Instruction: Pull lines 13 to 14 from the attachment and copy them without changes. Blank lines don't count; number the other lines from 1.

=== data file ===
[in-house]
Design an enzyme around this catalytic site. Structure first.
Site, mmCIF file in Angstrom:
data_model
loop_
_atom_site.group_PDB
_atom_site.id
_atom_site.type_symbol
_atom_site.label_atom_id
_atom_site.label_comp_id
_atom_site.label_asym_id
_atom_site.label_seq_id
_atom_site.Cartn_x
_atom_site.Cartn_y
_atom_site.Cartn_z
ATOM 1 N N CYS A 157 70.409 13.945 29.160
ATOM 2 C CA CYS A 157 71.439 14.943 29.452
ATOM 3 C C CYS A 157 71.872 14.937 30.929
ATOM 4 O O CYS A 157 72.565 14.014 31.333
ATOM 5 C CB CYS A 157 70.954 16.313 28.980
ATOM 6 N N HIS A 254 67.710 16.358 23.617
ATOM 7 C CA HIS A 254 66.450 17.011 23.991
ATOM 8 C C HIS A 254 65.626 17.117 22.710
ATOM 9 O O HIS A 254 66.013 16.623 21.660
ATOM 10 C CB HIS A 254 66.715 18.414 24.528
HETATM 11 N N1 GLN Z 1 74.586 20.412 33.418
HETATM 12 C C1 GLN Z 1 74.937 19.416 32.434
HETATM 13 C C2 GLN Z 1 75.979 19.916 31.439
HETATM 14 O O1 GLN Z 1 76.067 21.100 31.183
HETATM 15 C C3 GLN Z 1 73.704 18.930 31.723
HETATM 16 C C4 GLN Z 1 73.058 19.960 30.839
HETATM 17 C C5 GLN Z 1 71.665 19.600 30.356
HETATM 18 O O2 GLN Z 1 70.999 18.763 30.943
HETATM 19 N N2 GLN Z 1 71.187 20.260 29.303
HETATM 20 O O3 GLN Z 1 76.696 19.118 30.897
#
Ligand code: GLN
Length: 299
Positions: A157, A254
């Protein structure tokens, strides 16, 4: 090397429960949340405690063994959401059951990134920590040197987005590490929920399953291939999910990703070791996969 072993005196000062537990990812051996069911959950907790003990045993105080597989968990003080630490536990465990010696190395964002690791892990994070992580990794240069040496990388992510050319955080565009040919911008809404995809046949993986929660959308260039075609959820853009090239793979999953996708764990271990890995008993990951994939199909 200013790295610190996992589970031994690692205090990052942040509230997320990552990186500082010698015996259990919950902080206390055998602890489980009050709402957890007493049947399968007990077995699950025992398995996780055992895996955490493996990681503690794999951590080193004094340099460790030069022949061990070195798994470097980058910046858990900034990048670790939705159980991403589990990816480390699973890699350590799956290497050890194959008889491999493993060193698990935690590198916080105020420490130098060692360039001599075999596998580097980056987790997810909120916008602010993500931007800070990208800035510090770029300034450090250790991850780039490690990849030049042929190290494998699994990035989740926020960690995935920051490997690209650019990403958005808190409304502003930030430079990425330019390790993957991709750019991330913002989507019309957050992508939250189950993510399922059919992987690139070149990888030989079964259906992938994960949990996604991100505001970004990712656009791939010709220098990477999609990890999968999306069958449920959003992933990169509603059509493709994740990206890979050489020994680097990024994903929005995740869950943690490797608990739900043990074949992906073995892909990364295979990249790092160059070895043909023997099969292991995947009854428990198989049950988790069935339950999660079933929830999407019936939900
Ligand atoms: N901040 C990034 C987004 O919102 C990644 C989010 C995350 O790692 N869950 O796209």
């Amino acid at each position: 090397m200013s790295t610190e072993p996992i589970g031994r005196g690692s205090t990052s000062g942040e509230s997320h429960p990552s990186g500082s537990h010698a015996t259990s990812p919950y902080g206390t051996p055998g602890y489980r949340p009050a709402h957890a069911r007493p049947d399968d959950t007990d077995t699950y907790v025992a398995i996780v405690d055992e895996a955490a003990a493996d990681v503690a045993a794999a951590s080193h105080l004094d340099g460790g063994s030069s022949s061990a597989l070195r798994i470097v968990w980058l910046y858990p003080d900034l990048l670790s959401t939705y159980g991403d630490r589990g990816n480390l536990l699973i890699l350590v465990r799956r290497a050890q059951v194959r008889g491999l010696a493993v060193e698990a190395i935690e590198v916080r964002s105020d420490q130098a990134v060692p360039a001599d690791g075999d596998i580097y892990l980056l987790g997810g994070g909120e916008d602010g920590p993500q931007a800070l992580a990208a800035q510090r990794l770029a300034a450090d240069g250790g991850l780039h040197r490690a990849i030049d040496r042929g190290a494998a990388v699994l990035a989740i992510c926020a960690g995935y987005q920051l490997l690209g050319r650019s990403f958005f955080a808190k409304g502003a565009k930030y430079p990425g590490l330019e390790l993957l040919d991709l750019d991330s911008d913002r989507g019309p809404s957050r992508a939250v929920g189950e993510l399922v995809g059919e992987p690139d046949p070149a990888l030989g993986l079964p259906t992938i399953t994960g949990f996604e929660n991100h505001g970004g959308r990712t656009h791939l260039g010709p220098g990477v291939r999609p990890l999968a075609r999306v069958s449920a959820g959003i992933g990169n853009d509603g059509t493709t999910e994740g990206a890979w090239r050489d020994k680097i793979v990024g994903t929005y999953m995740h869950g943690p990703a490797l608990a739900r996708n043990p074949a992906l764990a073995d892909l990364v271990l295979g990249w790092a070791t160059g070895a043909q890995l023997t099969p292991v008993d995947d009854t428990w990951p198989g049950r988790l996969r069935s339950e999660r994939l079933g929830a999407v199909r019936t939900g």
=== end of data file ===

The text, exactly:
_atom_site.Cartn_x
_atom_site.Cartn_y